SYDNEY – A cross-party delegation of Australian lawmakers will travel to the United States in September to seek the release of WikiLeaks founder Julian Assange, said his support group on Tuesday, ahead of a visit by Prime Minister Anthony Albanese in October.
The group will urge US officials to drop their attempts to extradite Assange from a British prison to the US, where he is wanted on charges over WikiLeaks’ release of confidential US military records and diplomatic cables.
The delegation will include former deputy prime minister Barnaby Joyce and lawmakers from the Labor government, opposition and Greens party.
Mr Gabriel Shipton, Assange’s brother and chair of the Assange Campaign organisation, said the vast majority of Australians did not understand why the US continued to demand his extradition.
“Australians see the US as our closest ally… but right now, Julian is being held hostage by a vengeful US administration, and it’s damaging US-Australian relations,” he said in a statement.
The Australian delegation will meet members of the US Congress and Senate, officials at the State and Justice departments, and think-tanks including the American Civil Liberties Union and Reporters Without Borders.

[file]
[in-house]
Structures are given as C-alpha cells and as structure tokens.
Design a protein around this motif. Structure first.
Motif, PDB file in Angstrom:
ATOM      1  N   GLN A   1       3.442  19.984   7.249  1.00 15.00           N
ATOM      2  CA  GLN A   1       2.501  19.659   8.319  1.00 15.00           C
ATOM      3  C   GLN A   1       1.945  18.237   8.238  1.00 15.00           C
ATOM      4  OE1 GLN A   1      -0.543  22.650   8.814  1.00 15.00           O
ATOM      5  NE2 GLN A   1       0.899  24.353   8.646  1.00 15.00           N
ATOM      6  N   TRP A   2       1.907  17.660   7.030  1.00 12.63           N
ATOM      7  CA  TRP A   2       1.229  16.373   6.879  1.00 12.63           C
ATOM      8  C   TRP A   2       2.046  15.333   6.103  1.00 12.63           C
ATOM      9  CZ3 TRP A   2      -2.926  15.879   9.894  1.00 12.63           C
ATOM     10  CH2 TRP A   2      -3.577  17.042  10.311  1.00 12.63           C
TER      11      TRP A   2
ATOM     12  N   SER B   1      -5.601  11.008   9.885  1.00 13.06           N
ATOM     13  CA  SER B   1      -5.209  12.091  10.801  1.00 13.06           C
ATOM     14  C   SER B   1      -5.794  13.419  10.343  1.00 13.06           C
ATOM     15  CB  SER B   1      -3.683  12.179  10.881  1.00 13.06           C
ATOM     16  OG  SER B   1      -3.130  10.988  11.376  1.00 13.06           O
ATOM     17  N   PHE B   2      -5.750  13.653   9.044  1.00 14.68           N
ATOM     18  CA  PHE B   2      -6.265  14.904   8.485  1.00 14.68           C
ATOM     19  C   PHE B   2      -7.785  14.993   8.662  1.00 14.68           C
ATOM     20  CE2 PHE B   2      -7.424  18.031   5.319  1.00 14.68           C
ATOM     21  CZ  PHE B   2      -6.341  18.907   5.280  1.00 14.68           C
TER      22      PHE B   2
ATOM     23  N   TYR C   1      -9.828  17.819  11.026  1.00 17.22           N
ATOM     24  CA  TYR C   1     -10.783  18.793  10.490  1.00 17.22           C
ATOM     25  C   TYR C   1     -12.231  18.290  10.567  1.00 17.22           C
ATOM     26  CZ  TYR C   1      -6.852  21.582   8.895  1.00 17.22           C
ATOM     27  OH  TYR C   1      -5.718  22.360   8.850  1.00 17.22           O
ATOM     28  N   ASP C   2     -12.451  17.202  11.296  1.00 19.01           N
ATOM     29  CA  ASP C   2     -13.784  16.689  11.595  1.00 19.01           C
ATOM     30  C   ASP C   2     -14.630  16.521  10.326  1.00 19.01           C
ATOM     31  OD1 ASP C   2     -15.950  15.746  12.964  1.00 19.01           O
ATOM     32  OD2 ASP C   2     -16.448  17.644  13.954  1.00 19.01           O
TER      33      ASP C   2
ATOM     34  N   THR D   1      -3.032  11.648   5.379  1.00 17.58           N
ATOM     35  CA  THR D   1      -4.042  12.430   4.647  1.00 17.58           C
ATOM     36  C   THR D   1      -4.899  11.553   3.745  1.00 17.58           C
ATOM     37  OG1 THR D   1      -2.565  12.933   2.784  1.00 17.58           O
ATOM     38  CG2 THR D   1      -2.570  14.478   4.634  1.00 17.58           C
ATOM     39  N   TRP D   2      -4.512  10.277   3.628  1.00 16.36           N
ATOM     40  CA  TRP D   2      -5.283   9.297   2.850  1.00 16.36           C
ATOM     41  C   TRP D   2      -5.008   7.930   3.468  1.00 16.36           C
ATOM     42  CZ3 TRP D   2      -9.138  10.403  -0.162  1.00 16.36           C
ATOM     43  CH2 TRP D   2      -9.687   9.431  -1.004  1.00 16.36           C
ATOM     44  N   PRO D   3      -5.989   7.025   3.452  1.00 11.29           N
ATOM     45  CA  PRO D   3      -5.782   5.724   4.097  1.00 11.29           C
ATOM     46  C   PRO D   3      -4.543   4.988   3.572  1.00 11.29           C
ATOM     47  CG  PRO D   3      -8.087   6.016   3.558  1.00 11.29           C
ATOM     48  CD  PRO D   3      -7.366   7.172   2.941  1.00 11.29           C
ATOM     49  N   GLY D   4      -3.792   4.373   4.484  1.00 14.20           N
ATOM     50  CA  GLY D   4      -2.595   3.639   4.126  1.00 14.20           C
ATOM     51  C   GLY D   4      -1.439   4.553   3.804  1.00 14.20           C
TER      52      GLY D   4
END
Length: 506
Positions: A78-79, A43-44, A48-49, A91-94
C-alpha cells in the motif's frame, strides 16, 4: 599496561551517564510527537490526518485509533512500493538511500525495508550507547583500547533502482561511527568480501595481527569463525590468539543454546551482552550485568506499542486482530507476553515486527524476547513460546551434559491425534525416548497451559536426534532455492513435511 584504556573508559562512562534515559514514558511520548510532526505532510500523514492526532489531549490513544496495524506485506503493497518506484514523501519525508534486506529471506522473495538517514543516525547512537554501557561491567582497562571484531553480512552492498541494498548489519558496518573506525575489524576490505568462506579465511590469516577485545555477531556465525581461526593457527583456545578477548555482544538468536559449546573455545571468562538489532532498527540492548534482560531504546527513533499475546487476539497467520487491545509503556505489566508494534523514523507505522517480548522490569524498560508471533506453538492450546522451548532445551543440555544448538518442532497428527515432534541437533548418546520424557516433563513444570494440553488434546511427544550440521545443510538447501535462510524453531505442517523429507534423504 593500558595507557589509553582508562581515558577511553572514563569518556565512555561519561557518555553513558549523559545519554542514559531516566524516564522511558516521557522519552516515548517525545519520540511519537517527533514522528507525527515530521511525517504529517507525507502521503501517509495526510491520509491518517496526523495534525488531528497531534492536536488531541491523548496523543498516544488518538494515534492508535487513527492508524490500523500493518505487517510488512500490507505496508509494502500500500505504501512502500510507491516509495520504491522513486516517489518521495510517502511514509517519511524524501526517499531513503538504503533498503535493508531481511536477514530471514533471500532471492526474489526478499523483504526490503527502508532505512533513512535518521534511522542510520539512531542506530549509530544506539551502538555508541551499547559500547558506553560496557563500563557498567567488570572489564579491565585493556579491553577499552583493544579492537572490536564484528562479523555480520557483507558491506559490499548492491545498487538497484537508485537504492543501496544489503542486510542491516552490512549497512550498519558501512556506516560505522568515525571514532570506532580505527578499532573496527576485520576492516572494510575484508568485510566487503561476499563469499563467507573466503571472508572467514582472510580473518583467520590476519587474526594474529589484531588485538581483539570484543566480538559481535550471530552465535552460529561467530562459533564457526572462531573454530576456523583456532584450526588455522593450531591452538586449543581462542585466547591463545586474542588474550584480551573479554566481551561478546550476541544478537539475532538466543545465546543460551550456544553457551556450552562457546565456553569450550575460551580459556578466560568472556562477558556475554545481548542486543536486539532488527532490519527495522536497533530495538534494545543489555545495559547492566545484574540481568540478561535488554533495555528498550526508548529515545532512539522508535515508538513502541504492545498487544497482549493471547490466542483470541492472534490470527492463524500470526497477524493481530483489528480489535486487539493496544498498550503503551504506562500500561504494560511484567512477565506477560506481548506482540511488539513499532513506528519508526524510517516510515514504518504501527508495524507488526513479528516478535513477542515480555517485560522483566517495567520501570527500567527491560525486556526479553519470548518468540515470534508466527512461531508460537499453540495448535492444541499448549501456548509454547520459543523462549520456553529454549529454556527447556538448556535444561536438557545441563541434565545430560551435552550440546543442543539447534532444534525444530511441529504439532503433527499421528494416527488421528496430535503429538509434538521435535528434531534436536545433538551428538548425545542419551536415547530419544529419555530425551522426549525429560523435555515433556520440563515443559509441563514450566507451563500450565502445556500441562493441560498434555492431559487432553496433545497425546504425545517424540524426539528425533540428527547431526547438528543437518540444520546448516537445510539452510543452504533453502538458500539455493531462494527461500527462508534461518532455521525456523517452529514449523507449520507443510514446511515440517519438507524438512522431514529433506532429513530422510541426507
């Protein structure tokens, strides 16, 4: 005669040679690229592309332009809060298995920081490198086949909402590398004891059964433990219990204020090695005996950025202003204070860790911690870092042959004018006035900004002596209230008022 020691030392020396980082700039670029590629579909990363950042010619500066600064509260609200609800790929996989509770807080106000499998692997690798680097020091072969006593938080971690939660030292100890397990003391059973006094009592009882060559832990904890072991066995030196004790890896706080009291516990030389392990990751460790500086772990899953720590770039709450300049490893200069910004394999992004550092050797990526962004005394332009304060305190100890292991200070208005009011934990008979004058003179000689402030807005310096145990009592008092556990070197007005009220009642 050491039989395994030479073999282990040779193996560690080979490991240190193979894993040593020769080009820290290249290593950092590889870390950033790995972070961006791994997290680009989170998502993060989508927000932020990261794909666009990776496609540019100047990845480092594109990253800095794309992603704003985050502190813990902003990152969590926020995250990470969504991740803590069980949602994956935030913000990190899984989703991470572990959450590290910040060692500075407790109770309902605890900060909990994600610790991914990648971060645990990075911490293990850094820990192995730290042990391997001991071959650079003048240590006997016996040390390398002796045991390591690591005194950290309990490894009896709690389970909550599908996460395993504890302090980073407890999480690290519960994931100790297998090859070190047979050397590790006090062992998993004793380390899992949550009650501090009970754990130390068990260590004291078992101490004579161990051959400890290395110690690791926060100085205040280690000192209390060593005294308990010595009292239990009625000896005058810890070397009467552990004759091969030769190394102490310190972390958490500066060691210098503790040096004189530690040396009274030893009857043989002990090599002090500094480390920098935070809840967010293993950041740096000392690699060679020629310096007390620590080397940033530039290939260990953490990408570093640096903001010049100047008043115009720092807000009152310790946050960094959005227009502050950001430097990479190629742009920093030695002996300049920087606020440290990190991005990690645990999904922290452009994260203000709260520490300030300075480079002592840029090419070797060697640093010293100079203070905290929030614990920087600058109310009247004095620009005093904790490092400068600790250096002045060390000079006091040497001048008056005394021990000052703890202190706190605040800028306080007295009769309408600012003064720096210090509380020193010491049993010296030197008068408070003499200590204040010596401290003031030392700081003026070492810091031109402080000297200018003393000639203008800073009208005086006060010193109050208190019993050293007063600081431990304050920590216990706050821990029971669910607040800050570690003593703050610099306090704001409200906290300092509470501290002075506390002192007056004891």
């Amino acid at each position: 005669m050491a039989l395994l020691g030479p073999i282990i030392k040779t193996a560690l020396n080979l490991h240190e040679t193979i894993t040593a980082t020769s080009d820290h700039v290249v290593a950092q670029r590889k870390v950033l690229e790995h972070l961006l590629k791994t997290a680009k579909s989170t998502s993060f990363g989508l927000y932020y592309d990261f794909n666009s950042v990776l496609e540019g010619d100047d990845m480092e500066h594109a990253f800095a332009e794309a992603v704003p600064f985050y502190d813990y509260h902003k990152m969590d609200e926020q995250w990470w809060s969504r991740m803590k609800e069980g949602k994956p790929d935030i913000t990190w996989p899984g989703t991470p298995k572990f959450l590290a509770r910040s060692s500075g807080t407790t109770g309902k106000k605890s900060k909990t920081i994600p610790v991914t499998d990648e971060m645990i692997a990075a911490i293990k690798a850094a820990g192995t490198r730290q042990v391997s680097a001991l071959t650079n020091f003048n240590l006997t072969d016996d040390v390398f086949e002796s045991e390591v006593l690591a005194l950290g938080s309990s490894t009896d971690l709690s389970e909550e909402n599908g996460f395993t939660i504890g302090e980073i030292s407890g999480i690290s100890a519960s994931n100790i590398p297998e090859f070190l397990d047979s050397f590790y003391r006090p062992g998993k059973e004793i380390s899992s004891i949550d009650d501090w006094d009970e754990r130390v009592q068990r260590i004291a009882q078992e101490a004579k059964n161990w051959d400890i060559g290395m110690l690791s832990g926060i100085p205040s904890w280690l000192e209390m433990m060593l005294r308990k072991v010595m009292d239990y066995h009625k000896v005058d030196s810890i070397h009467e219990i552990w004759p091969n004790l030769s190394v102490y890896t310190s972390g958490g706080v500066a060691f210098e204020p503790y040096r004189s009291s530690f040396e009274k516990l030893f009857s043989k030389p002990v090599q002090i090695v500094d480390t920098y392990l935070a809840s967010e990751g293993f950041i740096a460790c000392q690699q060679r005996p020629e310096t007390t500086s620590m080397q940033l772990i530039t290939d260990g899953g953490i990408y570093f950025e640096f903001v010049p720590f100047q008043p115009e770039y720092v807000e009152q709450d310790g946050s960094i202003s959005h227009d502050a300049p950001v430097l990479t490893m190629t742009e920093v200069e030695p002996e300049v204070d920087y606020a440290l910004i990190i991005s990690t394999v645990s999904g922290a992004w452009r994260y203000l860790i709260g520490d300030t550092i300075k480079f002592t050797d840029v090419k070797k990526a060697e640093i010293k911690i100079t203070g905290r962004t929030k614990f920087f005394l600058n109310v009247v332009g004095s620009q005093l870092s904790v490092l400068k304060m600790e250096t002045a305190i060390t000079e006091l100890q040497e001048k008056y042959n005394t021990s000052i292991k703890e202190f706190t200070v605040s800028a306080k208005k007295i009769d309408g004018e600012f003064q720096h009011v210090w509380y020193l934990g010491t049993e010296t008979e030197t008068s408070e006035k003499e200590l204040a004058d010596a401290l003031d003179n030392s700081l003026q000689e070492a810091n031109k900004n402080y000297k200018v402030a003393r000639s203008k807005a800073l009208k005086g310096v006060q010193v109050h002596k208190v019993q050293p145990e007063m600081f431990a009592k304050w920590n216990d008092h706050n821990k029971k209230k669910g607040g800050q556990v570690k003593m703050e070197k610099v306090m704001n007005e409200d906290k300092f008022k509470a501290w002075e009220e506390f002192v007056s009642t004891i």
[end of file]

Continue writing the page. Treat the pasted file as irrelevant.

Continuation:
Assange’s supporters say he has been victimised because he exposed US wrongdoing, including in conflicts in Afghanistan and Iraq. Washington says the release of the secret documents put lives in danger.
Mr Albanese in May said he was frustrated that a diplomatic solution had not been reached to end Assange’s detention, and that he remained concerned about Assange’s mental health.
Support for Assange among US policymakers remains low. Only a few members of Congress have come forward in support of the demand to drop charges against him.
If extradited, he faces a sentence of up to 175 years in a maximum-security prison. REUTERS
Join ST’s Telegram channel and get the latest breaking news delivered to you.
content: ” “;
font-family: “SelaneWebSTForty”, Georgia, “Times New Roman”, Times, serif;